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Sales Engineers juggle 12 major responsibilities within their role, according to Gartner, not including the internal work they do for other teams…which, as you know, really piles on.

It’s not that other departments de-value PreSales input. Rather, they value SE expertise almost too much and want access to your team’s time.

Some amount of cross-functional or out-of-scope work comes with the territory. But these requests increase SE burnout risk when other departments lean on PreSales too much to compensate for their own deficiencies. 

Is SE involvement masking a lack of technical enablement for customer-facing teams? Are PreSales team members spending more time on discovery and custom solution architecting because Sales isn’t pulling their weight?

Because of the perceived imbalance of power between SE leadership and Sales leadership, for example, some PreSales leaders find themselves at the mercy of cross-functional requests. 

Here are tips for establishing an equal partnership with Sales and setting firm boundaries to protect SE bandwidth, without starting a fight.

1. Calculate Time Waste

In order to understand where, as a leader, you need to intervene to protect your team’s time, you need to have an accurate understanding of where their time is being wasted. Many leaders are hesitant about activity tracking, but some understanding of where SEs spend their efforts is necessary to empower them to say no to unreasonable requests. John Care refers to this as having “data to kick out, not kick down.”

2. Define the Rules of Engagement

If other departments don’t have restrictions on what they can ask SEs for, they will ask PreSales for everything. But, maybe don’t lead with “this is what SEs won’t do.” Rather, offer Sales a menu of what PreSales team members will do and when to request each type of action or project.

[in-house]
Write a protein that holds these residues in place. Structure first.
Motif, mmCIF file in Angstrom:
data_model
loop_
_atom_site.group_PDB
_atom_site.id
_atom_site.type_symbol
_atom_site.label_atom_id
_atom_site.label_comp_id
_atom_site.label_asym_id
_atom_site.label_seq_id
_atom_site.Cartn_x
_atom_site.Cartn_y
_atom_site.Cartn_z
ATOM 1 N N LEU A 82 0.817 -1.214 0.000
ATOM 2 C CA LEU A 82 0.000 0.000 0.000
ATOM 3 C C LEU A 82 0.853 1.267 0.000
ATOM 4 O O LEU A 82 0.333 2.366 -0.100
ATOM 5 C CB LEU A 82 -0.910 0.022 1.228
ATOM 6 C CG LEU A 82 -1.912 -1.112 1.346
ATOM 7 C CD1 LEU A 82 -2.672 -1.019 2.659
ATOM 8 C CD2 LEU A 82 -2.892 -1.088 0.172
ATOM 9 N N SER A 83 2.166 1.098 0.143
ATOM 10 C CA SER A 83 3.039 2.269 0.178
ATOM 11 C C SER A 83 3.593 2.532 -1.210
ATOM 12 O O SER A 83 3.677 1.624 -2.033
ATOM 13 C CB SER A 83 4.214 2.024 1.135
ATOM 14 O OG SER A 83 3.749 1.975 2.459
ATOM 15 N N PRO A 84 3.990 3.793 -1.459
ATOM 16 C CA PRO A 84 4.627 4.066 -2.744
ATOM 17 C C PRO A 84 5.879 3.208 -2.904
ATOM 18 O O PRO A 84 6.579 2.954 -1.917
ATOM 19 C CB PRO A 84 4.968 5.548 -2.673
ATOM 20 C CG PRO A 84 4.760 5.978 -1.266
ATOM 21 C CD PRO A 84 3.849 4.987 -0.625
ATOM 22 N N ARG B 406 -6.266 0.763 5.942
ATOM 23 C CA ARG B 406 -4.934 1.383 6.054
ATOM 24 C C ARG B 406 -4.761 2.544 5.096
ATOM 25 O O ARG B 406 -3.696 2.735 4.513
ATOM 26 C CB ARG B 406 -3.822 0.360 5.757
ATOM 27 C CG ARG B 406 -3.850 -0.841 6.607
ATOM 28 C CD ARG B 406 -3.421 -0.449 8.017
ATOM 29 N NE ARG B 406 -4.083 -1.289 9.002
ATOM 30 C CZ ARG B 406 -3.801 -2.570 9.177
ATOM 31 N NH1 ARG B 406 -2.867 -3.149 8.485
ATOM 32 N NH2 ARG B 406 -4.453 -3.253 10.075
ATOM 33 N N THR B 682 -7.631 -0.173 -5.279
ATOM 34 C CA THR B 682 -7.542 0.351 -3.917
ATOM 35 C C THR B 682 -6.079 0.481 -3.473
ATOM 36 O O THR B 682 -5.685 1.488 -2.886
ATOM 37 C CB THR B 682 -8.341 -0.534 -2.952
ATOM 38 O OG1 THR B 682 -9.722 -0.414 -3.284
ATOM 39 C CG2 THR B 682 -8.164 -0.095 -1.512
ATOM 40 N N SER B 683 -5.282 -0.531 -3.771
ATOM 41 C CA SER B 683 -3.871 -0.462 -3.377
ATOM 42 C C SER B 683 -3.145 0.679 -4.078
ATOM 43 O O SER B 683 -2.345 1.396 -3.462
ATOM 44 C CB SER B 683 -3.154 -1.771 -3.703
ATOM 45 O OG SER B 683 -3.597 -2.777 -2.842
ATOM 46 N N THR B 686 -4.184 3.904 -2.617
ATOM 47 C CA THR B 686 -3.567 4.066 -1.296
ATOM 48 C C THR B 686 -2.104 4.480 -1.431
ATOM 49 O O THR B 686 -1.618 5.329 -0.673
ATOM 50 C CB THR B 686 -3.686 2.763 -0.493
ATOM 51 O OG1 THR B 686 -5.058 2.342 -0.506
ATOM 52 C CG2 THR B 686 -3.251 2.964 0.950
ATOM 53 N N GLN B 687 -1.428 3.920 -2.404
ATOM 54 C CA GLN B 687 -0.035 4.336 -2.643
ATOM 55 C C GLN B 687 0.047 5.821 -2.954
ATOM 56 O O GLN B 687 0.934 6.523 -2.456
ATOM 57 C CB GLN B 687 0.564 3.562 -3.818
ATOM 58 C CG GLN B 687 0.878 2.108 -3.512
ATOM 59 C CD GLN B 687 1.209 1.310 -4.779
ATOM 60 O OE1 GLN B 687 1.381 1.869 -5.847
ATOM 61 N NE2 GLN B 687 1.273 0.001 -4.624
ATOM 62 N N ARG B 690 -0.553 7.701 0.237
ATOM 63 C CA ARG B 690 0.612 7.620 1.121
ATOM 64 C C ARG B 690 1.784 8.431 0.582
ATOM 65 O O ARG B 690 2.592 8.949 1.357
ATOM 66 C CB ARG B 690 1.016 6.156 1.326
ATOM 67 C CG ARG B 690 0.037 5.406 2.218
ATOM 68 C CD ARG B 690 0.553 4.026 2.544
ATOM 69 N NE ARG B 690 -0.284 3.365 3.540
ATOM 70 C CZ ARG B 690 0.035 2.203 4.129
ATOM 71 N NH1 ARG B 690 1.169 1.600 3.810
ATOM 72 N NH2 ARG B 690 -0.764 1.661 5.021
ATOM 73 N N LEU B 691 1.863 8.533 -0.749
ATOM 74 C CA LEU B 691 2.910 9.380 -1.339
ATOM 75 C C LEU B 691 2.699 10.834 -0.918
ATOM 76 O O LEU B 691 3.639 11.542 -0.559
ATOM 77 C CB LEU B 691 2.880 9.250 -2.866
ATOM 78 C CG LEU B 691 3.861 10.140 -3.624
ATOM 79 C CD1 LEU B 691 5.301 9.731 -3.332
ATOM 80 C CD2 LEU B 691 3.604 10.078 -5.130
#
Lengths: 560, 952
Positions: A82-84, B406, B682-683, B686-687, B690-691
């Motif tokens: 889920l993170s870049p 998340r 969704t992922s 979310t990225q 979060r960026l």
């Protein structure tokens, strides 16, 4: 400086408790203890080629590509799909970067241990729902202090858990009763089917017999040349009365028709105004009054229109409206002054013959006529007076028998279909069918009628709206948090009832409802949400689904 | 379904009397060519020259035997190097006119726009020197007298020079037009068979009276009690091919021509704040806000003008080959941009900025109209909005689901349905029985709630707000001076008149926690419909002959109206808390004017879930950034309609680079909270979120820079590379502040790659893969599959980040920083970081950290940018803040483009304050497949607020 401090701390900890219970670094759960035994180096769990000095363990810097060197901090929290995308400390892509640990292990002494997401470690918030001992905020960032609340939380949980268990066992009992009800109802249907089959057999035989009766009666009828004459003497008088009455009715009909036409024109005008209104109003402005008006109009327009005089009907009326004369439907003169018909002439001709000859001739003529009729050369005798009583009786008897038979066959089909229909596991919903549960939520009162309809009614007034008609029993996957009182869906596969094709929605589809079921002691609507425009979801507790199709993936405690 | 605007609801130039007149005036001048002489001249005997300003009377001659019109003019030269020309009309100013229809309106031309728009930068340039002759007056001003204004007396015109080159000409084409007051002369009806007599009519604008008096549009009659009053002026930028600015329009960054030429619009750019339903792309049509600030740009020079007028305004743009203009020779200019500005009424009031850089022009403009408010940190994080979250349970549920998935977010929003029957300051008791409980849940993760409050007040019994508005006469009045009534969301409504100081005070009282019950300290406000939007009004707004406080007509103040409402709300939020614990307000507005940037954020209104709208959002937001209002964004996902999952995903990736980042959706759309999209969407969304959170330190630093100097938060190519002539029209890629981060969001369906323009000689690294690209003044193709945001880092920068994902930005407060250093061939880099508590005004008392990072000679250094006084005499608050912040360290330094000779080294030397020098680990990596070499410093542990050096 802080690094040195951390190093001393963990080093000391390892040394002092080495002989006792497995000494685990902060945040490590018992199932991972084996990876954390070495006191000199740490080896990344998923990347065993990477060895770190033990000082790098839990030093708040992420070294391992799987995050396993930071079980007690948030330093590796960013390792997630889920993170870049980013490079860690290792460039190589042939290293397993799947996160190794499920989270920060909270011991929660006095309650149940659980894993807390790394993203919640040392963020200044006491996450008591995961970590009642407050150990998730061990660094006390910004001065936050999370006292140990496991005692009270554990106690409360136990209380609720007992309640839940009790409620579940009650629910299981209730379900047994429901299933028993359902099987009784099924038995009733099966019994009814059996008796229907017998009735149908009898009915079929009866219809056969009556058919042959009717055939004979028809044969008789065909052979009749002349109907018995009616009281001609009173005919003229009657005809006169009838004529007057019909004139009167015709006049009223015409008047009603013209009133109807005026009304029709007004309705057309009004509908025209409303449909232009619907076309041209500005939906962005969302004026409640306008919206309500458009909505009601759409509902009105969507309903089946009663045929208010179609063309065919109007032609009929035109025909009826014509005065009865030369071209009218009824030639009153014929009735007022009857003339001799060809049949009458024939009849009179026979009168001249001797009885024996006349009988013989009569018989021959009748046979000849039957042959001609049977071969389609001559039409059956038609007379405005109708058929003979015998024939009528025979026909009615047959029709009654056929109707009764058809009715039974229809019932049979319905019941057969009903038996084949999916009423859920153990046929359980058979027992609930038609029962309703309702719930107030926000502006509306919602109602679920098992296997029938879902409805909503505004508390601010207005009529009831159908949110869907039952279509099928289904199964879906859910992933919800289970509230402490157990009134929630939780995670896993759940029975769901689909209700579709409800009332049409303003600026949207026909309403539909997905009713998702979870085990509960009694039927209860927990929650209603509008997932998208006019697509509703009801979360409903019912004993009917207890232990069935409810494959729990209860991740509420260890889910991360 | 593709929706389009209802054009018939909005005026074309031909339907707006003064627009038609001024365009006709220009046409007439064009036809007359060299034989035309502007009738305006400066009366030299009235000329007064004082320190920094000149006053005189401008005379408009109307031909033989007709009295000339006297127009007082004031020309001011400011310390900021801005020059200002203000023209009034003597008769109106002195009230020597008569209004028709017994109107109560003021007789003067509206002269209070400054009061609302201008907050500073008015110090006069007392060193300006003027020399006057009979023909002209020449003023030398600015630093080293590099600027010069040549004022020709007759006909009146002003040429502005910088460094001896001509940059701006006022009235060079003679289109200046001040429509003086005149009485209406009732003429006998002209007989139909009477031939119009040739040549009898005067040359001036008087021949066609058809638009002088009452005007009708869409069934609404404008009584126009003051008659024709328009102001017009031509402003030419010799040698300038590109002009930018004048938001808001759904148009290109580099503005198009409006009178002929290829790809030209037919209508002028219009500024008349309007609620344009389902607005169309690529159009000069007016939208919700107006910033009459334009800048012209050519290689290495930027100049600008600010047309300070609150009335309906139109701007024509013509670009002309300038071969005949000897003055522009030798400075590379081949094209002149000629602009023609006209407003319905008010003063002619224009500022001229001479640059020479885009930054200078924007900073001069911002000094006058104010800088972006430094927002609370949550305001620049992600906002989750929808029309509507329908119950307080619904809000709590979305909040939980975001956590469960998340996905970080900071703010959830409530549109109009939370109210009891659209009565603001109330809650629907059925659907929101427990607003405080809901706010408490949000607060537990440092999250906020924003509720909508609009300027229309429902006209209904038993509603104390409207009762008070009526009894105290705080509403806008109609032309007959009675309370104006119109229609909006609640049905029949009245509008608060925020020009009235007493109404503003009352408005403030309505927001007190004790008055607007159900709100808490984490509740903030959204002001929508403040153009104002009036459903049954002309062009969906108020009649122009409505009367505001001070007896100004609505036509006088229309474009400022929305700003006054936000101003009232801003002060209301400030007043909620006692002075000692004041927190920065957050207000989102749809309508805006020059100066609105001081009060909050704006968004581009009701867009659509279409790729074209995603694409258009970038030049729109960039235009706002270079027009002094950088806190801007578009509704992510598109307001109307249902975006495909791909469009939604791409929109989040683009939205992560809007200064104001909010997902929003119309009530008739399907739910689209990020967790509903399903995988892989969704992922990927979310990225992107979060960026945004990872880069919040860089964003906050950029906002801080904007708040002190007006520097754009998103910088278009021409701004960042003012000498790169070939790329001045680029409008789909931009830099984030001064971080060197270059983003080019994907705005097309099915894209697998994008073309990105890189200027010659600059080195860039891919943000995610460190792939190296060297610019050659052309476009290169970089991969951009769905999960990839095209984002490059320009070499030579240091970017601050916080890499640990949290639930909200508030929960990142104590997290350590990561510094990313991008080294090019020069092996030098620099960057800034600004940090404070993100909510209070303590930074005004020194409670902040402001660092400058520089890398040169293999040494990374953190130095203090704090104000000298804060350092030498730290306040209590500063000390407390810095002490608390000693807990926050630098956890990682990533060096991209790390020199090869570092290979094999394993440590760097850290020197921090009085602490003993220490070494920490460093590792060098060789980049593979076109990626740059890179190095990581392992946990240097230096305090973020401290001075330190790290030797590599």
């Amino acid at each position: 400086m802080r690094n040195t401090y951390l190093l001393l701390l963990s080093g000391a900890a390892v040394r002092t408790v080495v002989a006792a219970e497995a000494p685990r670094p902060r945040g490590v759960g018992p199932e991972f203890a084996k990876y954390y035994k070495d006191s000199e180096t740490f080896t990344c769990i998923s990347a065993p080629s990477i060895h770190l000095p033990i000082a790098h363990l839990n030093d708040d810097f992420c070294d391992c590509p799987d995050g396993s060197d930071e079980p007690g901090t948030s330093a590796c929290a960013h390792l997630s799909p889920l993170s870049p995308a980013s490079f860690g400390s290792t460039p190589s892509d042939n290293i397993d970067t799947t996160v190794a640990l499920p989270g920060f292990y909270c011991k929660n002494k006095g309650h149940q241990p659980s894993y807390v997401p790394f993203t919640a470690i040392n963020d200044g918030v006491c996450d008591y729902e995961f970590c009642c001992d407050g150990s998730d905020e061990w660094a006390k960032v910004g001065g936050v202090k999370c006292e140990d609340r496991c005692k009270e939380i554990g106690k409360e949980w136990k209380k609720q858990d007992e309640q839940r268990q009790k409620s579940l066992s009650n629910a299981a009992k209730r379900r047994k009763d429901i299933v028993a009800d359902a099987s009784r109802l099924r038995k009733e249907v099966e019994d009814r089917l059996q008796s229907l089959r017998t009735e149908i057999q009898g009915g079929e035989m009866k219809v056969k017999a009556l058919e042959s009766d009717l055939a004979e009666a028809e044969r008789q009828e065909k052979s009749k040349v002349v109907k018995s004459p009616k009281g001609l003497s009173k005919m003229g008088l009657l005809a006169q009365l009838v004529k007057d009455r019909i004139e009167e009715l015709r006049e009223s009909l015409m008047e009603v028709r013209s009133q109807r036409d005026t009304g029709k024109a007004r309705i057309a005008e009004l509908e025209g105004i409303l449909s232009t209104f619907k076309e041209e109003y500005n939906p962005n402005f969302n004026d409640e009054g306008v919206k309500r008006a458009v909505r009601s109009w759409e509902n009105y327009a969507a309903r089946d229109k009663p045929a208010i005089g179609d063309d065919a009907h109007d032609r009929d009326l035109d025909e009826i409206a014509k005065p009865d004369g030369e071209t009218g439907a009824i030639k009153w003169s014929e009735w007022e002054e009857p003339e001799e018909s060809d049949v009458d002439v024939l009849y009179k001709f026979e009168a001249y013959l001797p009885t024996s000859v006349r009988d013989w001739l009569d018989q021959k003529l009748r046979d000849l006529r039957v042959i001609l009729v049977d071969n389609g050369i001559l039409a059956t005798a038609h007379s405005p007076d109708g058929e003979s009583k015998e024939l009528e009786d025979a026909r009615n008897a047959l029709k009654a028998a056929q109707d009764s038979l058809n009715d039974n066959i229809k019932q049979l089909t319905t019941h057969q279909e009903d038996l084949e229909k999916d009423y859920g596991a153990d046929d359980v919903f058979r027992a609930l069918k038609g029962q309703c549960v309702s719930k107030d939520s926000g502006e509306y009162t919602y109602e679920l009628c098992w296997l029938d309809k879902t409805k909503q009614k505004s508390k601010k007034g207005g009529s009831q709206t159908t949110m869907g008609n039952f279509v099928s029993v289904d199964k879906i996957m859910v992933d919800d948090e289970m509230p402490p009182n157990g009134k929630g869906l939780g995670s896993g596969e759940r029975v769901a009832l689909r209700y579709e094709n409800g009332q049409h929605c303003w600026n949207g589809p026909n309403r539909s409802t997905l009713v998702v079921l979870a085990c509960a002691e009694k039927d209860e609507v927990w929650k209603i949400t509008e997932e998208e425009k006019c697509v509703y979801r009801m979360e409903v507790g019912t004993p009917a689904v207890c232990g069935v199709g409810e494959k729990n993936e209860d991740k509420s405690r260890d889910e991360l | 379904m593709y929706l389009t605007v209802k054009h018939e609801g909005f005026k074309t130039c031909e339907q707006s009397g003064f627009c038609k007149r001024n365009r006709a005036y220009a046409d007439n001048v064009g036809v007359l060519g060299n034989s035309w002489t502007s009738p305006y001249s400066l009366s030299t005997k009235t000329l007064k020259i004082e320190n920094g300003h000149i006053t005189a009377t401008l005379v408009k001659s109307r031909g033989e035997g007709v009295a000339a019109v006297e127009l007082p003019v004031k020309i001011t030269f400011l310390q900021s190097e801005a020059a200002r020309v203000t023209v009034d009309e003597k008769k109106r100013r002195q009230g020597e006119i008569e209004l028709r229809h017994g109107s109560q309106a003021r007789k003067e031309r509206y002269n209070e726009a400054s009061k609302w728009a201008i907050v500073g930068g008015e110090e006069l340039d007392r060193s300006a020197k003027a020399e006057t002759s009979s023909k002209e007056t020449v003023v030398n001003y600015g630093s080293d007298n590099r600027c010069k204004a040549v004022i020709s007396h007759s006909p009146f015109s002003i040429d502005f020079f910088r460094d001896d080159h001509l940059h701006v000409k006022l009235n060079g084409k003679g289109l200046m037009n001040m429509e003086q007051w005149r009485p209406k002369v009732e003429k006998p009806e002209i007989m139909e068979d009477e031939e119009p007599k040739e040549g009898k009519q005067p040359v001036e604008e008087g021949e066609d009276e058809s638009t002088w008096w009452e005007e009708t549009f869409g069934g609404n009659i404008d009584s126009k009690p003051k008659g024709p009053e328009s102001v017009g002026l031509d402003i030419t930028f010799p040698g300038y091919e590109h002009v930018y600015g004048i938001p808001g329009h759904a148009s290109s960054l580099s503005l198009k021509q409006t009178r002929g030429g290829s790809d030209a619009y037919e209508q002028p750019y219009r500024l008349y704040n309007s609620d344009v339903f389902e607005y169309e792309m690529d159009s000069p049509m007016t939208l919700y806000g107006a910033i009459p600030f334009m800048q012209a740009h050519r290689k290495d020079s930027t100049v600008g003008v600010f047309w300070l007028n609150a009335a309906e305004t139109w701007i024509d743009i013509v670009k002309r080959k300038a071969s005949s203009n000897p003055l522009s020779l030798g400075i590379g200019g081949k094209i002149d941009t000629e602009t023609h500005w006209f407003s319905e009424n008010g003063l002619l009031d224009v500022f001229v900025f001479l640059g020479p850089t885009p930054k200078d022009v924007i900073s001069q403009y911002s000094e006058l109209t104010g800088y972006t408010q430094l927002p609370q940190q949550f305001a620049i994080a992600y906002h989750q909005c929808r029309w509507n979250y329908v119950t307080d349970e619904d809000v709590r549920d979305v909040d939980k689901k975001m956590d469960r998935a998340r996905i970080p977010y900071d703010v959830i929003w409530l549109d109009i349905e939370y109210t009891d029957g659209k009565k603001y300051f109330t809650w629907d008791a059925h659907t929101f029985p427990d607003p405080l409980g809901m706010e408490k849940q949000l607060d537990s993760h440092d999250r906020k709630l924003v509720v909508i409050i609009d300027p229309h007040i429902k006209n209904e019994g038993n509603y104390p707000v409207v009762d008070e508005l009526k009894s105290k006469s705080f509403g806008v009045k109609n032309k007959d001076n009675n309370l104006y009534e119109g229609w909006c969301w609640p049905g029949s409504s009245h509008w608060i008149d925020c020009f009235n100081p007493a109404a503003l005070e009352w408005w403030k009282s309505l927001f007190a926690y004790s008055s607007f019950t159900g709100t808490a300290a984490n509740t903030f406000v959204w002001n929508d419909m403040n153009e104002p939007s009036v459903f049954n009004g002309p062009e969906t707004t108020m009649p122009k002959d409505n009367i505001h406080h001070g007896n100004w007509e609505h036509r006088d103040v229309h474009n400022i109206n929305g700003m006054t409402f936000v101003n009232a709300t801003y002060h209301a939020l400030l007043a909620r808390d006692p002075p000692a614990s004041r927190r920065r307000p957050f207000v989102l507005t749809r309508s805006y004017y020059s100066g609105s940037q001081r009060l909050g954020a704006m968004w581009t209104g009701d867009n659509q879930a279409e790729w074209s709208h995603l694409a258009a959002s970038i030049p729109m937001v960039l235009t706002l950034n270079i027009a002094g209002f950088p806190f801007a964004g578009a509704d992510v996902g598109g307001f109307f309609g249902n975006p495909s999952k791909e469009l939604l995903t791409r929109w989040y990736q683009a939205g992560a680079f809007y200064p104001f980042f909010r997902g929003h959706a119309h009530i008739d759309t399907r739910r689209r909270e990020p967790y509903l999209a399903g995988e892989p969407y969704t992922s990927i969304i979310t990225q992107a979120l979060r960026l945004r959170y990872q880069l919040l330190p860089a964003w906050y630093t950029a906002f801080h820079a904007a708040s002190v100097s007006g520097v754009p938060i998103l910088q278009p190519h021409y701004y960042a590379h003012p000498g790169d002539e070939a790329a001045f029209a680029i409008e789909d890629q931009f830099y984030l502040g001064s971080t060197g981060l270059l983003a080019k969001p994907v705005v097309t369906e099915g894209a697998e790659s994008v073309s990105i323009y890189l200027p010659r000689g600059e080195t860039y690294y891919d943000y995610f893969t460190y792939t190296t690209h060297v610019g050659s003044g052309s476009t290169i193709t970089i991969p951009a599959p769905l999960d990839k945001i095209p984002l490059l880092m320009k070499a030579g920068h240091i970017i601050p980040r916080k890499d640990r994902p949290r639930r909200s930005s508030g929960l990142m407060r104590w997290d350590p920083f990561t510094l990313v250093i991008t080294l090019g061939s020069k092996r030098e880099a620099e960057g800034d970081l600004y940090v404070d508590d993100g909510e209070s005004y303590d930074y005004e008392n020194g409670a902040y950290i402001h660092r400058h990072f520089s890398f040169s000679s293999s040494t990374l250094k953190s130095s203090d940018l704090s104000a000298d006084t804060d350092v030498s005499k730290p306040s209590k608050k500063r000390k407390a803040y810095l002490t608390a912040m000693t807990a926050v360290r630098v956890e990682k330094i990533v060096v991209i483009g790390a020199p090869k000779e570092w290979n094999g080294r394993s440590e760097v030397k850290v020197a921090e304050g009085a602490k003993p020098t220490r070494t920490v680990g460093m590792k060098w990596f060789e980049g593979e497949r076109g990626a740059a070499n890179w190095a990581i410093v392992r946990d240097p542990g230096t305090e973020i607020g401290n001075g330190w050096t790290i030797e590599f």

Within XC, one team limited Sales and Post-Sales teams to a very small set of specific “plays” that SEs will run. They shared clear expectations on what was needed from Sales to run these engagements, as well as what SEs would deliver and how long it would take. Over time, PreSales leadership can roll out more “plays,” but they’ve seen incredible demand for and success with the existing options. 

On the SE side, this formulaic approach makes cross-functional work repeatable and scalable. Rather than starting from scratch every time, they have a set process or framework and can work more quickly and effectively. 

3. Where Possible, Gate Access to PreSales

In XC, we’ve seen teams implement request forms for SE assistance. Rather than going to individual SEs, requesters must explain their specific needs, parameters, etc. They submit the form to managers, who decide if the request is appropriate for PreSales and delegate it based on bandwidth/expertise. Managers must be empowered to act fast on these requests, at risk of creating a backlog.

This type of team member request process can be used to ensure SEs cannot get pulled into deals that don’t meet qualification criteria, or that SEs aren’t ambushed with customer calls with no explanation or preparation. On the Sales side, it ensures documentation of key details if MEDDIC fields are left empty.  

We saw one PreSales leadership team gate access in such a way that kept both buyers and Sales accountable. They created a discovery form, distributed by Sales and completed by Customers before SEs can be assigned to opportunities. Completion of this form allows PreSales to proactively solution rather than sitting on lengthy information-gathering meetings. This early documentation also surfaces deal risk before hours of SE work are wasted, ensuring only truly qualified deals progress through the sales funnel.

Conclusion

Most PreSales leaders want their SE org to have an equal seat at the table with Sales, Product, Marketing, etc. Establishing effective boundaries with other departments is key to your success in being seen as partners, rather than subordinates.

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